Sounds like … an amalgam of congregational and radio-friendly worship choruses sung by some of the biggest names in Christian and worship music.
At a glance … though musically on par with most meat-and-potatoes worship music, CompassionArt is groundbreaking for its approach, logistics, and charitable intentions.
The inextricable bond between religion and social justice is as old as James' charge to visit the fatherless and the widows while keeping oneself undefiled from the world. Of late, more and more artists, especially worship leaders, are embracing that challenge, creating songs that not only encourage believers to reach upwards, but outwards, too—to the outcasts, the downtrodden, the least of these.
CompassionArt: Creating Freedom from Poverty is easily the most ambitious, sprawling initiative to arise out of that desire to date. It all began when Delirious frontman Martin Smith couldn't reconcile his comfortable Western lifestyle with that of the people he encountered in his worldwide travels—especially those too poor, too hungry, or too exploited to speak up.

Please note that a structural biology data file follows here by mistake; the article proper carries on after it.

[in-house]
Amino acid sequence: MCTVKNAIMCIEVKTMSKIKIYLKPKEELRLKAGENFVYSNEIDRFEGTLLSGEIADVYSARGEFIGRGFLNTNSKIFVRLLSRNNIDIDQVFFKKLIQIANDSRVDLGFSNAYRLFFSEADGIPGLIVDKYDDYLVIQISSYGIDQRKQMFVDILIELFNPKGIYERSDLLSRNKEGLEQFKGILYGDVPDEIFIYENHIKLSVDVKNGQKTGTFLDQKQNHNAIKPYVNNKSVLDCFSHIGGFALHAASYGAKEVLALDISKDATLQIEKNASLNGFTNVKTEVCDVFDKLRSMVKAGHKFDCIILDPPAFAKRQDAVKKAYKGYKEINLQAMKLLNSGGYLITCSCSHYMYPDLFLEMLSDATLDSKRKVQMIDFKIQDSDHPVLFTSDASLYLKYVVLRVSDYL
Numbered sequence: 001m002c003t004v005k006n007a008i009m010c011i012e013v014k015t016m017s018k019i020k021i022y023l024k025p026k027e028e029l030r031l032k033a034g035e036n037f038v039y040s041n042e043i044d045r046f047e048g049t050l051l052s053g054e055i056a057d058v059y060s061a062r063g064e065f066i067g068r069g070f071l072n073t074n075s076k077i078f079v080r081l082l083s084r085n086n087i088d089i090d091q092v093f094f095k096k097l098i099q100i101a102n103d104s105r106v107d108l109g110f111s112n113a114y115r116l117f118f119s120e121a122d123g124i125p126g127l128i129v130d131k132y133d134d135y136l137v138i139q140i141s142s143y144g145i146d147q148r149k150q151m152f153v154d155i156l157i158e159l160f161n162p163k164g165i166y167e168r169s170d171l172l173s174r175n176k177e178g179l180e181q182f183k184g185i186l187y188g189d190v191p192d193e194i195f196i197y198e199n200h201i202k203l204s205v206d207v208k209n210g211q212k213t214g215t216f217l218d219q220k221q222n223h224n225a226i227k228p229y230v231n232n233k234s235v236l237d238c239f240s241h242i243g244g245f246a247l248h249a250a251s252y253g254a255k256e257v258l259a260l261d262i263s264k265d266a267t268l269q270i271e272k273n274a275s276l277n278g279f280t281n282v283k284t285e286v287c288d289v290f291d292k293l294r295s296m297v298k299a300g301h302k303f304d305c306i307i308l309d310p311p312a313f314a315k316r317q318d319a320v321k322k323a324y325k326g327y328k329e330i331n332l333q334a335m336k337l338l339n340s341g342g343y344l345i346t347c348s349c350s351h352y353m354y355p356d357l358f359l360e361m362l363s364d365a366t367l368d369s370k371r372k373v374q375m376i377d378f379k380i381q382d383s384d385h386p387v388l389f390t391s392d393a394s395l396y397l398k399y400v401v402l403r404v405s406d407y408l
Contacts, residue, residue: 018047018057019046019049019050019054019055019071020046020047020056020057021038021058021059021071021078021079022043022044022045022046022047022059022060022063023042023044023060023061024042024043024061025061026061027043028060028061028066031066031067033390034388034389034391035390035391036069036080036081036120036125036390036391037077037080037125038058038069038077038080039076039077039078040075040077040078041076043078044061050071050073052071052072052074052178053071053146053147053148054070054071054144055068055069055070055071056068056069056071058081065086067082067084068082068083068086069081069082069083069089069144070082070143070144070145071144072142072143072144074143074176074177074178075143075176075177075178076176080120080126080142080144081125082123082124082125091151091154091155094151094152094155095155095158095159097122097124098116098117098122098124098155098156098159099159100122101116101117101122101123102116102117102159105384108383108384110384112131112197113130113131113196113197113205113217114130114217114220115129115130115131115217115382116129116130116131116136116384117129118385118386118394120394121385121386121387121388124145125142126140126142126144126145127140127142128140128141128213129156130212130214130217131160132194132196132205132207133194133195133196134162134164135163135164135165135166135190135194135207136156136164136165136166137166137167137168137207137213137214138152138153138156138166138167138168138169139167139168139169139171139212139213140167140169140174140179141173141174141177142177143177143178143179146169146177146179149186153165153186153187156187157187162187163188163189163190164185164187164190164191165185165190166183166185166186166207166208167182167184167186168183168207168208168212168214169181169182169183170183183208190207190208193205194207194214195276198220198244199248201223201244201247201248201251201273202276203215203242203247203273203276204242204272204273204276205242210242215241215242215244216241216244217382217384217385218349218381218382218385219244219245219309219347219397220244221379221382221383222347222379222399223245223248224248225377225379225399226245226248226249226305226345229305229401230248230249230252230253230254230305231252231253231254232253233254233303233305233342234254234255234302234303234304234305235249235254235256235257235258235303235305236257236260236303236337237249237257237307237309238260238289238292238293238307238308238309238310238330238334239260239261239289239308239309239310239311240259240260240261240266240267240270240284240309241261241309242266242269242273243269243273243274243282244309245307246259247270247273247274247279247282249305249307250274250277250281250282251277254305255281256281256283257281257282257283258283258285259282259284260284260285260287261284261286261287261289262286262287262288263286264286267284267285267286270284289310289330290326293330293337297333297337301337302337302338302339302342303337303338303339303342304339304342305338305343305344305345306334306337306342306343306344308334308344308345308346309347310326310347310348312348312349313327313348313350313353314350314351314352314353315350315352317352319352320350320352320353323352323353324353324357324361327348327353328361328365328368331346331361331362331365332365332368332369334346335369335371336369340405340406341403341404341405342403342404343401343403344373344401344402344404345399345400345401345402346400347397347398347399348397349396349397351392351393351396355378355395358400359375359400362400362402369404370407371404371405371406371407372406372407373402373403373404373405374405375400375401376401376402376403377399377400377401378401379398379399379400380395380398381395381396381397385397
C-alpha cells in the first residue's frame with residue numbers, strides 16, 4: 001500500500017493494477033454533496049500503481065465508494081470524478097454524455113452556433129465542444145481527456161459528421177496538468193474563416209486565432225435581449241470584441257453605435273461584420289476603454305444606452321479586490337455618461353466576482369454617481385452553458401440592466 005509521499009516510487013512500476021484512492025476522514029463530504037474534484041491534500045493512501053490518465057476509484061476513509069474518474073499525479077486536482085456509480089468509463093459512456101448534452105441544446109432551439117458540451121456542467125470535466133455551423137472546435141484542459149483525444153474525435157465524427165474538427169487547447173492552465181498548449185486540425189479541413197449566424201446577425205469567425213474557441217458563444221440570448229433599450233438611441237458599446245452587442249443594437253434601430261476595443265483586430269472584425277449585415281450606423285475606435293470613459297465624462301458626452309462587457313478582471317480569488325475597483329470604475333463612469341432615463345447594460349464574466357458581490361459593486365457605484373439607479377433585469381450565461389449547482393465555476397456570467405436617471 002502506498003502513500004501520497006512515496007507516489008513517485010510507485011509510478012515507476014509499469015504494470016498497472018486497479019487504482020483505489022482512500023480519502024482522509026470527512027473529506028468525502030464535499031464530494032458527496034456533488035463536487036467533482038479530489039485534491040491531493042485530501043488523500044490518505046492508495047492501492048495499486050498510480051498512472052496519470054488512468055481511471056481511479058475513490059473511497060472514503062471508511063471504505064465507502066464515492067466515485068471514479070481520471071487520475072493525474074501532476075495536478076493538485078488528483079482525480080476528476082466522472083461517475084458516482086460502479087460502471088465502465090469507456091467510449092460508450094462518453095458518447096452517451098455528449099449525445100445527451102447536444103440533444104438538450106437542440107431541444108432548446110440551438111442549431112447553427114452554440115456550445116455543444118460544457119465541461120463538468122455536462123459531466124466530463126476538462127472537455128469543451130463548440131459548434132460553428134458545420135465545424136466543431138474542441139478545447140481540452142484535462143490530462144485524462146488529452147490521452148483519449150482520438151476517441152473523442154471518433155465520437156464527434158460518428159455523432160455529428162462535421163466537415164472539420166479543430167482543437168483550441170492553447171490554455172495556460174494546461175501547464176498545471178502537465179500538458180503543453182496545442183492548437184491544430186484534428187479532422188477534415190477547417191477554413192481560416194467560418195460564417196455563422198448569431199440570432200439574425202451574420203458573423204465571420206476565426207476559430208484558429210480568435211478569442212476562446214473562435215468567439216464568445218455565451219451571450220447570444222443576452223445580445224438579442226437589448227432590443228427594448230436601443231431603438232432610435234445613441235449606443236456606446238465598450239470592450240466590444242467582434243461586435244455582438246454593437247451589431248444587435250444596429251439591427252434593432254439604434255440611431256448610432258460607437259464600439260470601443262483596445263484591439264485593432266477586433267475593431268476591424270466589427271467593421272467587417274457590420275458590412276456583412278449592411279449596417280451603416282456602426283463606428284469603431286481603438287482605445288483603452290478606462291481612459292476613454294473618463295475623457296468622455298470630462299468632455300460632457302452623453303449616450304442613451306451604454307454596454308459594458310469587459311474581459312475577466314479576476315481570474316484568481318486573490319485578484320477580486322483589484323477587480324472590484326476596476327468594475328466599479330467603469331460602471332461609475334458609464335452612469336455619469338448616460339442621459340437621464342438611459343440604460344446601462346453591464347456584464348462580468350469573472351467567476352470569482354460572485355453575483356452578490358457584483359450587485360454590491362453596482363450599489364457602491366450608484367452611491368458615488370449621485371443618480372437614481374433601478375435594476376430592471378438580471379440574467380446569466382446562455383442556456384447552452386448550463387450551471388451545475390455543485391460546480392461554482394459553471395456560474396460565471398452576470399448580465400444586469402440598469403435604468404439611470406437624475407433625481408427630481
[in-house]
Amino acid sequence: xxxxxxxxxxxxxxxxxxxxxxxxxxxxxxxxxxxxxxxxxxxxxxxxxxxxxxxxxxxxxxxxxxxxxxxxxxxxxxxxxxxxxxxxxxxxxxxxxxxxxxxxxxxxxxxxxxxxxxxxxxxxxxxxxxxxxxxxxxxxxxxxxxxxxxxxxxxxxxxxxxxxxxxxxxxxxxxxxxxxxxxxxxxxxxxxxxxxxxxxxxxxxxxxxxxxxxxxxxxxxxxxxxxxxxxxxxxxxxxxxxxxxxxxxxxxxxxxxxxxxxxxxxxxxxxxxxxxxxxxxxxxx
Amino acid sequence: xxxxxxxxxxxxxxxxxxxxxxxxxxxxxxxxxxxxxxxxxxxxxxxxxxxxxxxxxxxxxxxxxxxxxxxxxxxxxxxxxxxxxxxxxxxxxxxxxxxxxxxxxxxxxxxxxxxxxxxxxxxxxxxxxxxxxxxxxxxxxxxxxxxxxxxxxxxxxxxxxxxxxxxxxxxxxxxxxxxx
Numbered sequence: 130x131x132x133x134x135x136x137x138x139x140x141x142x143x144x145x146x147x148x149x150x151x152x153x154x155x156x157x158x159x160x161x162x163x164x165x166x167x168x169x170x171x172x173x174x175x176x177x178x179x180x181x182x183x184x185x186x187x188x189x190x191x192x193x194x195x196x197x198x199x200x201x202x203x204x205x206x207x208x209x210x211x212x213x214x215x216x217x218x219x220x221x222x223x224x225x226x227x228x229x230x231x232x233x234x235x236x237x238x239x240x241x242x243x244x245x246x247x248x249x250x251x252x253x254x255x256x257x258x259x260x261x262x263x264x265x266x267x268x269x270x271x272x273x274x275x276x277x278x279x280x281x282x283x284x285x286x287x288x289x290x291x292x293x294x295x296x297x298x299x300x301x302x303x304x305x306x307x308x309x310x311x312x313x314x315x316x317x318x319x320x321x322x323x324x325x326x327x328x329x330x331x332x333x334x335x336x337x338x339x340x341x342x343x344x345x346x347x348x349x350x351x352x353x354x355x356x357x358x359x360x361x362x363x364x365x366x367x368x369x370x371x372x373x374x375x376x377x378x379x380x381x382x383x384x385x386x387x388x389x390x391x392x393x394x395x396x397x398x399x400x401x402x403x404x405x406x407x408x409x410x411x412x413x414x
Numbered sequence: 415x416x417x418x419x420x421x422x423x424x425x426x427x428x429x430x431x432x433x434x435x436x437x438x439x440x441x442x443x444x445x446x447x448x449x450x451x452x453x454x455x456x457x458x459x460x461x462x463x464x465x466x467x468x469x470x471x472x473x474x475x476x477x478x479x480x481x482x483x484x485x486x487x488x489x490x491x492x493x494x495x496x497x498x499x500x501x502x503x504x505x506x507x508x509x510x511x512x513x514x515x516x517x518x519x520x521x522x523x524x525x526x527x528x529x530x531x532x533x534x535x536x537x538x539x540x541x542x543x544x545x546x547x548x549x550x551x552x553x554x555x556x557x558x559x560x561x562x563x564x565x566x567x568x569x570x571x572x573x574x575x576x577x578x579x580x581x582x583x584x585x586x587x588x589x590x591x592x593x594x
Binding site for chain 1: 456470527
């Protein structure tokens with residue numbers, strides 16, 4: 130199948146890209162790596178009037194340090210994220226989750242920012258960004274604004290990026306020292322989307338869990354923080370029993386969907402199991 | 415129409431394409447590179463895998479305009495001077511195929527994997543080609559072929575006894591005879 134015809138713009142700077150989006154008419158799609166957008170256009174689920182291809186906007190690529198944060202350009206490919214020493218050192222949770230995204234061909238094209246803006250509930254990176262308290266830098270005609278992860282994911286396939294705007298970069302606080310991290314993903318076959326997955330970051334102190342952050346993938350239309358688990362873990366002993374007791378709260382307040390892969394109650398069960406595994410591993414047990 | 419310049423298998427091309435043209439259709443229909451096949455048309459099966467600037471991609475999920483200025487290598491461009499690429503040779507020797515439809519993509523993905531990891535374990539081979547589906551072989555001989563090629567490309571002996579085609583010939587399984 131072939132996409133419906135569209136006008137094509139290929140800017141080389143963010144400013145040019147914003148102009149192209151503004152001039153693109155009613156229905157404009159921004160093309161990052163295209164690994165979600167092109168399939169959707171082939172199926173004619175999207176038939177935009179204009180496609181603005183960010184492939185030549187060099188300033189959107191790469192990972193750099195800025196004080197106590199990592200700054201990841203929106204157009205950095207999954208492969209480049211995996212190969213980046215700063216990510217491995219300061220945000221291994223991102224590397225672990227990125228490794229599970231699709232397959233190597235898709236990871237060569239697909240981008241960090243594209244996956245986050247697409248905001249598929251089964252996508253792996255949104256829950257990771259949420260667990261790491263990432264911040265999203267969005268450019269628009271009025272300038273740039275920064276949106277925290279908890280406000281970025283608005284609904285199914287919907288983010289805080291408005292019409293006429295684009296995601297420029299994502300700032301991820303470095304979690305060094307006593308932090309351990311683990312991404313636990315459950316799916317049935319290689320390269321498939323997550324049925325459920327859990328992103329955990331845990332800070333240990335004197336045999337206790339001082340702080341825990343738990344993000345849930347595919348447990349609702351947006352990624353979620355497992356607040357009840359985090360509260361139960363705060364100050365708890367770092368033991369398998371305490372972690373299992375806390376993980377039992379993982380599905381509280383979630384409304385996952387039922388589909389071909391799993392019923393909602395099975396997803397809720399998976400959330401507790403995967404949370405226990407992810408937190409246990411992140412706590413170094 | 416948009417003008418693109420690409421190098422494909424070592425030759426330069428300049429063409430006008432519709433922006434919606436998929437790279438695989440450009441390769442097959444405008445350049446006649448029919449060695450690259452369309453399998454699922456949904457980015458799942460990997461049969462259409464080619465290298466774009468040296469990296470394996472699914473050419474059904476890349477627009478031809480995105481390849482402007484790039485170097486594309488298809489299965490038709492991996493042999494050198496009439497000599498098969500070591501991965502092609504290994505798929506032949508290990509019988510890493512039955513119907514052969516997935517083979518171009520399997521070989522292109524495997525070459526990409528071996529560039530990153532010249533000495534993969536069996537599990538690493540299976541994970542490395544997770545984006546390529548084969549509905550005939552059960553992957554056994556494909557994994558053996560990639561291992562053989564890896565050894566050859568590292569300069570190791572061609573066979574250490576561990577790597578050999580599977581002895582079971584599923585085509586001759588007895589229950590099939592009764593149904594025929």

And so CompassionArt, the charity, was born. The idea for the nonprofit appeared novel on paper but was logistically formidable. In a nutshell, the plan was to invite the biggest worship songwriters in CCM—including Chris Tomlin, Matt Redman, Paul Baloche, Tim Hughes, Darlene Zschech—to a retreat and see what songs would spring from their collaborative efforts. Making the challenge even more difficult was the goal of giving 100 percent of the publishing royalties collected in the song's entire lifetime to charity. All of it.
Nothing quite like this has ever been done. There have been scores of charity singles, albums, and ...1
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